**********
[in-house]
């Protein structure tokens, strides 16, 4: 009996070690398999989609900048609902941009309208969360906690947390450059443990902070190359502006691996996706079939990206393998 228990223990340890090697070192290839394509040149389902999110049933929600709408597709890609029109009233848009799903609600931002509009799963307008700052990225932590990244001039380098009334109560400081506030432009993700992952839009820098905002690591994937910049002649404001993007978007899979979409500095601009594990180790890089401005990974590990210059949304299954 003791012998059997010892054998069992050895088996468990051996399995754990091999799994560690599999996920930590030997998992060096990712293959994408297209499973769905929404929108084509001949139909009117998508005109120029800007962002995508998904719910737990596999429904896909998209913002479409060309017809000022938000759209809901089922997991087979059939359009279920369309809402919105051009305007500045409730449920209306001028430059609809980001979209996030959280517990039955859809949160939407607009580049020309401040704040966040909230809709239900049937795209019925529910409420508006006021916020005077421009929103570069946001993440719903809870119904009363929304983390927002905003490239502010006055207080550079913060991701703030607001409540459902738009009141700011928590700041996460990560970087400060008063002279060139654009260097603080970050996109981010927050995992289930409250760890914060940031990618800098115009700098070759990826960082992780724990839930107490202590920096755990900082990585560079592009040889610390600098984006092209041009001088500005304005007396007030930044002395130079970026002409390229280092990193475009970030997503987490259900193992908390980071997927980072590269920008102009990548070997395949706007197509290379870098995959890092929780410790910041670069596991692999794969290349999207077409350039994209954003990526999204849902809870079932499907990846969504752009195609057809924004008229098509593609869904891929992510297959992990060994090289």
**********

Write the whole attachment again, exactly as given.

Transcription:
[in-house]
């Protein structure tokens, strides 16, 4: 009996070690398999989609900048609902941009309208969360906690947390450059443990902070190359502006691996996706079939990206393998 228990223990340890090697070192290839394509040149389902999110049933929600709408597709890609029109009233848009799903609600931002509009799963307008700052990225932590990244001039380098009334109560400081506030432009993700992952839009820098905002690591994937910049002649404001993007978007899979979409500095601009594990180790890089401005990974590990210059949304299954 003791012998059997010892054998069992050895088996468990051996399995754990091999799994560690599999996920930590030997998992060096990712293959994408297209499973769905929404929108084509001949139909009117998508005109120029800007962002995508998904719910737990596999429904896909998209913002479409060309017809000022938000759209809901089922997991087979059939359009279920369309809402919105051009305007500045409730449920209306001028430059609809980001979209996030959280517990039955859809949160939407607009580049020309401040704040966040909230809709239900049937795209019925529910409420508006006021916020005077421009929103570069946001993440719903809870119904009363929304983390927002905003490239502010006055207080550079913060991701703030607001409540459902738009009141700011928590700041996460990560970087400060008063002279060139654009260097603080970050996109981010927050995992289930409250760890914060940031990618800098115009700098070759990826960082992780724990839930107490202590920096755990900082990585560079592009040889610390600098984006092209041009001088500005304005007396007030930044002395130079970026002409390229280092990193475009970030997503987490259900193992908390980071997927980072590269920008102009990548070997395949706007197509290379870098995959890092929780410790910041670069596991692999794969290349999207077409350039994209954003990526999204849902809870079932499907990846969504752009195609057809924004008229098509593609869904891929992510297959992990060994090289």